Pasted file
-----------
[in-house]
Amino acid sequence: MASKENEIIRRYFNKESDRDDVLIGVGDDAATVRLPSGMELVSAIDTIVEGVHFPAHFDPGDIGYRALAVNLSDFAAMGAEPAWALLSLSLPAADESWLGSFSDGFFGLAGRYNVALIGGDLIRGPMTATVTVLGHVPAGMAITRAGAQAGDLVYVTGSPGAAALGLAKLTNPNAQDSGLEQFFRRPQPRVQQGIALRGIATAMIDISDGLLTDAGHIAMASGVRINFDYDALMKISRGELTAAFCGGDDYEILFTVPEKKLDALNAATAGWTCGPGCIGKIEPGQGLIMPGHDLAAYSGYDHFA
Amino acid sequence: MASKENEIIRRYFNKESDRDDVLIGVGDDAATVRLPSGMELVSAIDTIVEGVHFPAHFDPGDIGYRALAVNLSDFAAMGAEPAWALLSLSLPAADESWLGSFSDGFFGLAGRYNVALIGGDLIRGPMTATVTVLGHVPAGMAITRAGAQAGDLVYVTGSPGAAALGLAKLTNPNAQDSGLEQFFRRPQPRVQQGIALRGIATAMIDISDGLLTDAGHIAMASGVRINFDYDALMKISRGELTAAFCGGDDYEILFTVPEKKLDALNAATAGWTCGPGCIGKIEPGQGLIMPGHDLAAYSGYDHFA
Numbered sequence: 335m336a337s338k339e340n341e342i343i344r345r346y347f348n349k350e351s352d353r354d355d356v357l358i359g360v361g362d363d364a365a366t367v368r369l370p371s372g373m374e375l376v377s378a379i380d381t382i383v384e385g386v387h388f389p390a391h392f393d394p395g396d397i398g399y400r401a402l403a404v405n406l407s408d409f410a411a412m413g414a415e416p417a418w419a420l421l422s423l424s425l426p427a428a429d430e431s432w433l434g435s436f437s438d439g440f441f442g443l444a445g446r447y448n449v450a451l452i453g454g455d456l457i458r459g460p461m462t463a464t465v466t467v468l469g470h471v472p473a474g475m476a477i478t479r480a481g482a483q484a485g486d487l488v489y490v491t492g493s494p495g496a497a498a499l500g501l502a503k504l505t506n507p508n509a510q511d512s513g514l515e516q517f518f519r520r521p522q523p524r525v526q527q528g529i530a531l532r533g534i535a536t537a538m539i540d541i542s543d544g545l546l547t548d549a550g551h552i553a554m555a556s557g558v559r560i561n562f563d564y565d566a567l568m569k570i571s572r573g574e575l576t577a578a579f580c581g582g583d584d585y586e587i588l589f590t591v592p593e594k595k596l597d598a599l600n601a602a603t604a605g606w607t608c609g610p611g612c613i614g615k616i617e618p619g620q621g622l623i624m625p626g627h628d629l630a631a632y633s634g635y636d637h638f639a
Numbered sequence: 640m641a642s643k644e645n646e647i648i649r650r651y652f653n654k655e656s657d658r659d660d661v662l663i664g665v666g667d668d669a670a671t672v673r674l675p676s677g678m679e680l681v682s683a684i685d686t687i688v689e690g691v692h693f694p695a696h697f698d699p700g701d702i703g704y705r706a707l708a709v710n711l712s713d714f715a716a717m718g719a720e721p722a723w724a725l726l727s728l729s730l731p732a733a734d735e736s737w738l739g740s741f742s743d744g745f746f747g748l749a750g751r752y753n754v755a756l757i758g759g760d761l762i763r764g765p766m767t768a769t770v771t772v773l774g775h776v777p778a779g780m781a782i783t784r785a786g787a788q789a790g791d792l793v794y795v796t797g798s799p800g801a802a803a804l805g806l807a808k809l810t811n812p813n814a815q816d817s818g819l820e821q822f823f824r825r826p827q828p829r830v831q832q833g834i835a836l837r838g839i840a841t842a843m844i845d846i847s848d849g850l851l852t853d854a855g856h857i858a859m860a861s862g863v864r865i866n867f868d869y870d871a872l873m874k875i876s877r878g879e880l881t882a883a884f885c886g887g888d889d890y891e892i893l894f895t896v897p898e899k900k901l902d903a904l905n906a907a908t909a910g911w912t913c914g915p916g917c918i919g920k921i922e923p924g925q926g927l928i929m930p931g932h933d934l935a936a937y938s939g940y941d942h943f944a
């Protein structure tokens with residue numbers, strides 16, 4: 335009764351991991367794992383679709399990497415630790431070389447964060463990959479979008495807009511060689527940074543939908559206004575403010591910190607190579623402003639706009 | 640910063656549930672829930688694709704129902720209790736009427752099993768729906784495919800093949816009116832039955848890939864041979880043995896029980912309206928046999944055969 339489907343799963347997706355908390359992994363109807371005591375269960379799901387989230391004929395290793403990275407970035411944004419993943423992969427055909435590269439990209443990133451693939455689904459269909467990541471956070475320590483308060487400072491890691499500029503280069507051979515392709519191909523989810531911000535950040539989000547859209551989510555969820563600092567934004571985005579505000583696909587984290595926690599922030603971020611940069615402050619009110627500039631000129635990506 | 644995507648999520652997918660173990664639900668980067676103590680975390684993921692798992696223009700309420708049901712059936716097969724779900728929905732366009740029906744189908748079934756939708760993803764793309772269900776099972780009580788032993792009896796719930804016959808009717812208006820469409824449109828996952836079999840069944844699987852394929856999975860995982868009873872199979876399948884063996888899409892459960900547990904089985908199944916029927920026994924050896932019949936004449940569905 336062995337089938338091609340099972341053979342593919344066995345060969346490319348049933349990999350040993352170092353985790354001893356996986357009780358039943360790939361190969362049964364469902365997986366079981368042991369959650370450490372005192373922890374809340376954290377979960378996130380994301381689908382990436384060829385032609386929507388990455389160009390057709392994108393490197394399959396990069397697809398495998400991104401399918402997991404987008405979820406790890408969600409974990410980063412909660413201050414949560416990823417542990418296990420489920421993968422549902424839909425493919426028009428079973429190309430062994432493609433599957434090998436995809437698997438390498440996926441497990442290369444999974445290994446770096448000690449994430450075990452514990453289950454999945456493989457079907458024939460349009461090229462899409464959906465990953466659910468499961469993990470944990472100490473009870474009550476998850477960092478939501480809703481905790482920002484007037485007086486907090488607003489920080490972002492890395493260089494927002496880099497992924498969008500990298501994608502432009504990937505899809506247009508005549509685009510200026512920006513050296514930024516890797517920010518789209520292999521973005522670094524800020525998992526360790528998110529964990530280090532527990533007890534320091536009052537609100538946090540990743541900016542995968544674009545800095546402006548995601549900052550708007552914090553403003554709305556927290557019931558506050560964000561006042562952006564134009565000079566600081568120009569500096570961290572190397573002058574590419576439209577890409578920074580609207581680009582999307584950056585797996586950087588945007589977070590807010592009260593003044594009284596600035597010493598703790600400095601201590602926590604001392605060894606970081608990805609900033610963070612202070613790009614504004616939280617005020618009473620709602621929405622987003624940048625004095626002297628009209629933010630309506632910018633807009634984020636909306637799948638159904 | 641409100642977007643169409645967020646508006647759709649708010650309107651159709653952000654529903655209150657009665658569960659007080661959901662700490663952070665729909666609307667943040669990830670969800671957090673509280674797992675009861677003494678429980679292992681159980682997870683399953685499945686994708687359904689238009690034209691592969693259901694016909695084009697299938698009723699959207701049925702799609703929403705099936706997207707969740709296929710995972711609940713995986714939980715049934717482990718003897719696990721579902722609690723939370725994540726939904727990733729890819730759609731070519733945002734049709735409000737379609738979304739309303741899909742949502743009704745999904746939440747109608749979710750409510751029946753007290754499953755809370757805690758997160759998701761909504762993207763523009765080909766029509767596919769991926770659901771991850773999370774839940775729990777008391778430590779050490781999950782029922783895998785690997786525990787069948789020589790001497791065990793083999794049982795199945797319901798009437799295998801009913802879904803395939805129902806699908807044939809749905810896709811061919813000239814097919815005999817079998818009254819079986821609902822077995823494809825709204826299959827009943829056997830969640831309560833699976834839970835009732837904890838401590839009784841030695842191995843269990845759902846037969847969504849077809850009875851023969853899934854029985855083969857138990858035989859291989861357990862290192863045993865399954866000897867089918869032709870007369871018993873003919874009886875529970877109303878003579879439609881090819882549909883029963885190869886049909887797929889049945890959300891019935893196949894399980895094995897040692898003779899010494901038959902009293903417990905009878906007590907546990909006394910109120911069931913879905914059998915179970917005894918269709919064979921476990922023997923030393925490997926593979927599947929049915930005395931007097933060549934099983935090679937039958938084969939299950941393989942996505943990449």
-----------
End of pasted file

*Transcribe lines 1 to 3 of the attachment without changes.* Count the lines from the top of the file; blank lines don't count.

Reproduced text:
[in-house]
Amino acid sequence: MASKENEIIRRYFNKESDRDDVLIGVGDDAATVRLPSGMELVSAIDTIVEGVHFPAHFDPGDIGYRALAVNLSDFAAMGAEPAWALLSLSLPAADESWLGSFSDGFFGLAGRYNVALIGGDLIRGPMTATVTVLGHVPAGMAITRAGAQAGDLVYVTGSPGAAALGLAKLTNPNAQDSGLEQFFRRPQPRVQQGIALRGIATAMIDISDGLLTDAGHIAMASGVRINFDYDALMKISRGELTAAFCGGDDYEILFTVPEKKLDALNAATAGWTCGPGCIGKIEPGQGLIMPGHDLAAYSGYDHFA
Amino acid sequence: MASKENEIIRRYFNKESDRDDVLIGVGDDAATVRLPSGMELVSAIDTIVEGVHFPAHFDPGDIGYRALAVNLSDFAAMGAEPAWALLSLSLPAADESWLGSFSDGFFGLAGRYNVALIGGDLIRGPMTATVTVLGHVPAGMAITRAGAQAGDLVYVTGSPGAAALGLAKLTNPNAQDSGLEQFFRRPQPRVQQGIALRGIATAMIDISDGLLTDAGHIAMASGVRINFDYDALMKISRGELTAAFCGGDDYEILFTVPEKKLDALNAATAGWTCGPGCIGKIEPGQGLIMPGHDLAAYSGYDHFA